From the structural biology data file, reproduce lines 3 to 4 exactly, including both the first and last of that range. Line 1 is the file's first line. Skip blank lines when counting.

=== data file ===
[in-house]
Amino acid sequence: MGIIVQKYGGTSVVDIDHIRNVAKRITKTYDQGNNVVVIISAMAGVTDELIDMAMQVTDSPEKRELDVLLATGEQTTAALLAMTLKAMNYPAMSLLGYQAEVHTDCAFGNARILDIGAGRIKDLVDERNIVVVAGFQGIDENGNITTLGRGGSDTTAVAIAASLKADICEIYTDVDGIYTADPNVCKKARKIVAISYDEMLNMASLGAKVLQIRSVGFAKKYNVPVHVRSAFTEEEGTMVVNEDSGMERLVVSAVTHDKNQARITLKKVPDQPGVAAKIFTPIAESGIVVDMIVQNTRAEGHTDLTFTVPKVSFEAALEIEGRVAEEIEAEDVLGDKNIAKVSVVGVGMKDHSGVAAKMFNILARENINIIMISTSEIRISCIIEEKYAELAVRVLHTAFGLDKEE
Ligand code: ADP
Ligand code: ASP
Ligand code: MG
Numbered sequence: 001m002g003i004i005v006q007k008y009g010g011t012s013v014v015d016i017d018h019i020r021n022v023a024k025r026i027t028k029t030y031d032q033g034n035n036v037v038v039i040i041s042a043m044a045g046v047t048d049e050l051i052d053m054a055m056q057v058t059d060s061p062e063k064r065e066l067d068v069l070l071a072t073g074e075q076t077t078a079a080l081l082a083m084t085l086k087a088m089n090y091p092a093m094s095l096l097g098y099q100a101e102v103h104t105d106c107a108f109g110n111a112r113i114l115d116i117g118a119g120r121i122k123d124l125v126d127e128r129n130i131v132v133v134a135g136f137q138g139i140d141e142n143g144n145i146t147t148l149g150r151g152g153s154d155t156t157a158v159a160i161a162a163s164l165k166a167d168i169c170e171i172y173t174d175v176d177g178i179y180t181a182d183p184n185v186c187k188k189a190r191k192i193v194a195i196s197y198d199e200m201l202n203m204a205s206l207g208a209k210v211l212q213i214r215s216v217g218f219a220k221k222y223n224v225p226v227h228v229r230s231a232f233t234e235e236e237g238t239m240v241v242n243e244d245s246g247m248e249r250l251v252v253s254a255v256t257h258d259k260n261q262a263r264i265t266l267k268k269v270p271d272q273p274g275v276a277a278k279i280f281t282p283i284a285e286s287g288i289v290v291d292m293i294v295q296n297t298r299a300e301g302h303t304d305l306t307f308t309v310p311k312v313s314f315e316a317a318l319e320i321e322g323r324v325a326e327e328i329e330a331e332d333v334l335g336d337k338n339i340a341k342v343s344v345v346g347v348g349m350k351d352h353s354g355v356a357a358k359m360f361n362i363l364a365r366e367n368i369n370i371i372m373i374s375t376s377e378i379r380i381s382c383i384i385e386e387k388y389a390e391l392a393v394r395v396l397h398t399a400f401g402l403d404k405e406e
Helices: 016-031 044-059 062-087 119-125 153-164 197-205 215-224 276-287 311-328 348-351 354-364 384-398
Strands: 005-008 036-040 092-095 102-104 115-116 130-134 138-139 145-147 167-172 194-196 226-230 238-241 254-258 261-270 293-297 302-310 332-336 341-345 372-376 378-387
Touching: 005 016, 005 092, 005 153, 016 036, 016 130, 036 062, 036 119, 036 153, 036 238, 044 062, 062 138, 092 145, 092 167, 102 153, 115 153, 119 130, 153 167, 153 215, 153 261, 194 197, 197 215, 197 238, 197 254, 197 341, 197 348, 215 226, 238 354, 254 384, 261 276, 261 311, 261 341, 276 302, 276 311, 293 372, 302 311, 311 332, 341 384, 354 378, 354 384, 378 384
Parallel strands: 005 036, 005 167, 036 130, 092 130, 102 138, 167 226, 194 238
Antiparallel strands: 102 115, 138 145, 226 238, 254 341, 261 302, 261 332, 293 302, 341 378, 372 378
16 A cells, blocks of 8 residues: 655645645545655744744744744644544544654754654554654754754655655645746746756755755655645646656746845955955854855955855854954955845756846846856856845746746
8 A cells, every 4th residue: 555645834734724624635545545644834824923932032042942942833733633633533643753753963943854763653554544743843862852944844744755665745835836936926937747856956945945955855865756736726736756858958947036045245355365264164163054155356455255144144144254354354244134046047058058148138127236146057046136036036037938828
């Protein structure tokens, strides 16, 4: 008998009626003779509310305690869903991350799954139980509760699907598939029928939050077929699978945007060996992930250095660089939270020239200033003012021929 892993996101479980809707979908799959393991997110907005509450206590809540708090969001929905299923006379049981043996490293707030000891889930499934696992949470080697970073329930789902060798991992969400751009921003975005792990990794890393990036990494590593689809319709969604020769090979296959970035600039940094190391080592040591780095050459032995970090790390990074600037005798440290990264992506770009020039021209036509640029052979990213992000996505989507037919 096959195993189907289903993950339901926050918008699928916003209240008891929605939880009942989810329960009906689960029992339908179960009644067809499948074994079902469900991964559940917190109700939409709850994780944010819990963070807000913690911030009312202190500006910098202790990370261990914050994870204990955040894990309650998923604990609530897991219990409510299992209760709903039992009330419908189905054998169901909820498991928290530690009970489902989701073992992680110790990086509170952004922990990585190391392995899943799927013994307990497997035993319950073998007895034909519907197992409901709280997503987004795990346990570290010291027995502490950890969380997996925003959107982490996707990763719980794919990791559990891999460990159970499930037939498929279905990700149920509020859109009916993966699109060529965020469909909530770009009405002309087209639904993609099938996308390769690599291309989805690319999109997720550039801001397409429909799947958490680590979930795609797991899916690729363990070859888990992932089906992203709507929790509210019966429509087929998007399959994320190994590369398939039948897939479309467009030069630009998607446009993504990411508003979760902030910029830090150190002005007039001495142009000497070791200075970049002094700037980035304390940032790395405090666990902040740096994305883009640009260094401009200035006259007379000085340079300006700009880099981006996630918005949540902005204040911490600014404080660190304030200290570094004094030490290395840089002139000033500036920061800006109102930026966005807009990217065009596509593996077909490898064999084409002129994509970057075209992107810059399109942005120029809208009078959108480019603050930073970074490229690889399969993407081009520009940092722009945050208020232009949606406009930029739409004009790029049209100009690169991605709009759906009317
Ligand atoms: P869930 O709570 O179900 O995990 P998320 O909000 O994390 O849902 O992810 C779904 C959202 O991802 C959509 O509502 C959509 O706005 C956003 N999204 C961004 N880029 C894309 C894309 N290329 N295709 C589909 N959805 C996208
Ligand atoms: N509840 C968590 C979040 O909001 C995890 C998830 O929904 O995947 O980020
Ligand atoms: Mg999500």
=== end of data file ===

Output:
Ligand code: ADP
Ligand code: ASP